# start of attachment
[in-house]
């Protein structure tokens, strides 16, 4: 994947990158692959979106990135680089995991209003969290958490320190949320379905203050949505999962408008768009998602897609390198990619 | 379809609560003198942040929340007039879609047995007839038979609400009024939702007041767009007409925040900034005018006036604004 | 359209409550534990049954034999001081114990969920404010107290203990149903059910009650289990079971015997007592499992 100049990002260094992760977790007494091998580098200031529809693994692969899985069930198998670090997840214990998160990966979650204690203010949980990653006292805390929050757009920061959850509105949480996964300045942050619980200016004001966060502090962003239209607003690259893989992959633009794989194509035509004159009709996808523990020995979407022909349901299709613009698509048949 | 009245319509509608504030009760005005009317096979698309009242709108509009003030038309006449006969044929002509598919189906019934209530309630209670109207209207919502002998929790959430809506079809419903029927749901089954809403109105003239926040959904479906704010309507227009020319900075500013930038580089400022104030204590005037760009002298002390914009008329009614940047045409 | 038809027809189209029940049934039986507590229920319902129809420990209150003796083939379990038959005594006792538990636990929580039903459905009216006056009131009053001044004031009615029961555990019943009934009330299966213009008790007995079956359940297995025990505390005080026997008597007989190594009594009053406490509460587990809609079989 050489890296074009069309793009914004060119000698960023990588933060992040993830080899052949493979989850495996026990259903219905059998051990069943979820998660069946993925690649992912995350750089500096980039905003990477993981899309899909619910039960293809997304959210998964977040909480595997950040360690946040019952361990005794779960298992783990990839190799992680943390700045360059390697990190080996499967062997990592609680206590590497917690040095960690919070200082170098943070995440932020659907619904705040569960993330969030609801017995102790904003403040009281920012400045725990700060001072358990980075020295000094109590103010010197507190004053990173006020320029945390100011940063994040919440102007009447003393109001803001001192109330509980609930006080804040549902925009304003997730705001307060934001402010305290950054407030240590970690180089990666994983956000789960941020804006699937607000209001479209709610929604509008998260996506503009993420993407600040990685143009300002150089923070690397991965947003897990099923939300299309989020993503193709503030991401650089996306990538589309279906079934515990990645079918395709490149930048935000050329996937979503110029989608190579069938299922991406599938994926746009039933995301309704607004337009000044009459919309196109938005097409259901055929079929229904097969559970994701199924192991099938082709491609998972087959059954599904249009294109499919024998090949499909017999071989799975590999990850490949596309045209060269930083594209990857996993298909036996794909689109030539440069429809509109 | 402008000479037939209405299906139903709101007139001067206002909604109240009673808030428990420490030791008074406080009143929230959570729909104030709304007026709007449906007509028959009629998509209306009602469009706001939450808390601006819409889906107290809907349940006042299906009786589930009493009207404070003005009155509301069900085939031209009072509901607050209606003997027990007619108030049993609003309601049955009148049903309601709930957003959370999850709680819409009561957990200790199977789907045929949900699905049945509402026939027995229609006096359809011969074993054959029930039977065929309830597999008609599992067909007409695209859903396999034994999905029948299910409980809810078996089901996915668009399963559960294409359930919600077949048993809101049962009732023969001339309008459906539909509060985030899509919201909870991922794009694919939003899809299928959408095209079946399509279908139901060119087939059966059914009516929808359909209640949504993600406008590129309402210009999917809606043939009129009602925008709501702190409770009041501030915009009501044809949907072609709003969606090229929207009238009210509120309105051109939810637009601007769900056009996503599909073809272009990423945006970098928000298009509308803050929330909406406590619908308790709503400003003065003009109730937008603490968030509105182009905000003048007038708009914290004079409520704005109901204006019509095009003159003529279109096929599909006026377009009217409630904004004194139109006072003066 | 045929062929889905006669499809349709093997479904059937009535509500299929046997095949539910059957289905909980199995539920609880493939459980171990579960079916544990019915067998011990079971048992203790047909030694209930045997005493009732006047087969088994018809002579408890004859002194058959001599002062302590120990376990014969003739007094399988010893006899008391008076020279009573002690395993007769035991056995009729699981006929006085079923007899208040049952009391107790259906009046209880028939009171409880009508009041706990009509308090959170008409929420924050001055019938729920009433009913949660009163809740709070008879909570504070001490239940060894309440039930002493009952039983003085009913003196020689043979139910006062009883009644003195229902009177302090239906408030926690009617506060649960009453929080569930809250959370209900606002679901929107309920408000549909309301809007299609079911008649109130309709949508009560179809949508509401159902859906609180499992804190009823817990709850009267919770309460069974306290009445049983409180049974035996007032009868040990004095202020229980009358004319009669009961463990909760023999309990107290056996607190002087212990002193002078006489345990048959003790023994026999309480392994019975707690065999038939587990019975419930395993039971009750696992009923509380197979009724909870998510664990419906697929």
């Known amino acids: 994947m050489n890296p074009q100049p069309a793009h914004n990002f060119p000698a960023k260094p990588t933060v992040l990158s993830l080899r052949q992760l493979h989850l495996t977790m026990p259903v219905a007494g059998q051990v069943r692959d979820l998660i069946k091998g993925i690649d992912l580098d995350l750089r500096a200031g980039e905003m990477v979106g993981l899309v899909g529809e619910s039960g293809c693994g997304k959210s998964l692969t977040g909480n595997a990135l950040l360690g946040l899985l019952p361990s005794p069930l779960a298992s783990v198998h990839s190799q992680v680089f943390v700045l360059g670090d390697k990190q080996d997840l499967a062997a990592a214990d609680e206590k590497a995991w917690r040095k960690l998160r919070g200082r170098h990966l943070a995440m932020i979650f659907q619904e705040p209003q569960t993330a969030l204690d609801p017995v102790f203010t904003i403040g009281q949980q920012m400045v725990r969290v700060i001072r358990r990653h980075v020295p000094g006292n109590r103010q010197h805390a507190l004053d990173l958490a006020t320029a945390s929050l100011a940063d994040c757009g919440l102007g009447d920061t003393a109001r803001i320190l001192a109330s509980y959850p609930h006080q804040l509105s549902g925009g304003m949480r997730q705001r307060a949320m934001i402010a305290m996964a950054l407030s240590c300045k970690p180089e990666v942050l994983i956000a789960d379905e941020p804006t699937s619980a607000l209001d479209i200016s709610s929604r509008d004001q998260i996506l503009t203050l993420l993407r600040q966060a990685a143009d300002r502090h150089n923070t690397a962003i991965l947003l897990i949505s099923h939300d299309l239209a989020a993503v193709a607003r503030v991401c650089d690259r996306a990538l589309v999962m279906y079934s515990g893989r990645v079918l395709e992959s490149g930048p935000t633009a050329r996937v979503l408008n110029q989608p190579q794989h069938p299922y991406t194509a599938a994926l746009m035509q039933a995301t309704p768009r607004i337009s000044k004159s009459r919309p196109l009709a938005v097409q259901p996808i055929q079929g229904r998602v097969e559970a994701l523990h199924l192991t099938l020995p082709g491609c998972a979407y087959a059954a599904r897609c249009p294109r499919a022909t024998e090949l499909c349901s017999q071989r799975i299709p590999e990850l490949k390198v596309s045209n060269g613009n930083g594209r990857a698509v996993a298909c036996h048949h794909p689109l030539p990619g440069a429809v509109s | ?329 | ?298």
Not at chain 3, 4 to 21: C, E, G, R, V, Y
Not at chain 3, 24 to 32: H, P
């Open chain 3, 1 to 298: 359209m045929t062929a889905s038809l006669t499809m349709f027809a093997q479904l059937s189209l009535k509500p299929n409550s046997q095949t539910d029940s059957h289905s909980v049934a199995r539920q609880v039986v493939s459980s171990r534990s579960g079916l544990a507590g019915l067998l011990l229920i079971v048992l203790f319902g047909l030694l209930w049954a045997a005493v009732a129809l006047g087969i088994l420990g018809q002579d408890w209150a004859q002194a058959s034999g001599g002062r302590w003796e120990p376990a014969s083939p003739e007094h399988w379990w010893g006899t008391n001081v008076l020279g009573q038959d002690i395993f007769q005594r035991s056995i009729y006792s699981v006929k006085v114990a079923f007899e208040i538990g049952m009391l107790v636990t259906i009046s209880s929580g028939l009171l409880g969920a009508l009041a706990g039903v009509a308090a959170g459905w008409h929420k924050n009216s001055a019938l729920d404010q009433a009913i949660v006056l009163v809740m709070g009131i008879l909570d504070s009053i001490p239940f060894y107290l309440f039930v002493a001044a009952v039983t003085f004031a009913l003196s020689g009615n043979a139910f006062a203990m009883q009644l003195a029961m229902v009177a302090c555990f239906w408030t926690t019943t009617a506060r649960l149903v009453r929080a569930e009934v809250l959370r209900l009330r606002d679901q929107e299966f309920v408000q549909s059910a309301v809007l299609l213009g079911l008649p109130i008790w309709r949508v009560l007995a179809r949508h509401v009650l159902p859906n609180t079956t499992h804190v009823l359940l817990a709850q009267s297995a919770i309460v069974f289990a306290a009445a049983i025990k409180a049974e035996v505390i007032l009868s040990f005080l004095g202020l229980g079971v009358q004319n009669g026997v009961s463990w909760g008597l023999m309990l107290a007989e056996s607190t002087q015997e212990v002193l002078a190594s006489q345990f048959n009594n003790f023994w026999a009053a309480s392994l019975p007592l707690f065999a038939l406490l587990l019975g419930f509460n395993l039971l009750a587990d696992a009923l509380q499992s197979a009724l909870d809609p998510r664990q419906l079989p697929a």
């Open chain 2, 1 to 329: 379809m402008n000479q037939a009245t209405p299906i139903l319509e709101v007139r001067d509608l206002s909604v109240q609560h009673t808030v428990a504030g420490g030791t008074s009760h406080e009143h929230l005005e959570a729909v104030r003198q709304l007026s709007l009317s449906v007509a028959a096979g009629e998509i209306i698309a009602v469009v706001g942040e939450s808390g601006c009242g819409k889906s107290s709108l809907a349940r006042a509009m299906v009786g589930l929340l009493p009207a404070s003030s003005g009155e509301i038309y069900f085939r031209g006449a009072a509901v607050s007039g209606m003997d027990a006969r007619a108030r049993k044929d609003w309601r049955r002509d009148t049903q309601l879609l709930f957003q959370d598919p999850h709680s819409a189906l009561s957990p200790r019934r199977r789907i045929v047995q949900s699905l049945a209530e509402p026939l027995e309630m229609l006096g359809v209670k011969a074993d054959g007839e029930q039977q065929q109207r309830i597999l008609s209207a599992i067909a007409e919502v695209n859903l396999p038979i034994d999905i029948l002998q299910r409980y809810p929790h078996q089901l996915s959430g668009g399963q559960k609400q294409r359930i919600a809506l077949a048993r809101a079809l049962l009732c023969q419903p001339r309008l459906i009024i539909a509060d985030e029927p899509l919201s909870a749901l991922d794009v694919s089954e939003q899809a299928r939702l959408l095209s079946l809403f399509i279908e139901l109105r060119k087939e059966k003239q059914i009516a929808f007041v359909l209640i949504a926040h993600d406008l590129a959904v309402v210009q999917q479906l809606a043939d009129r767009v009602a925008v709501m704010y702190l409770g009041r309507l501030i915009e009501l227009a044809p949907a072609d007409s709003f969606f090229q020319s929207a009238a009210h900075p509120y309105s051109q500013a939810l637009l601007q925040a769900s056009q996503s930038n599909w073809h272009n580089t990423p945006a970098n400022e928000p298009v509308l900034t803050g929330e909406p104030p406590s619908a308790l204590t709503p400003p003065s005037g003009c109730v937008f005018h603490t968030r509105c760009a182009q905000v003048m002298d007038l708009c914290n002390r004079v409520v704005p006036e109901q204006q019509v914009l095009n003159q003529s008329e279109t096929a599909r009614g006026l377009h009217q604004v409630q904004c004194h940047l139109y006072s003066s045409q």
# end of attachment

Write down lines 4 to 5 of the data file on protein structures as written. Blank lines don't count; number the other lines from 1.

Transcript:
Not at chain 3, 4 to 21: C, E, G, R, V, Y
Not at chain 3, 24 to 32: H, P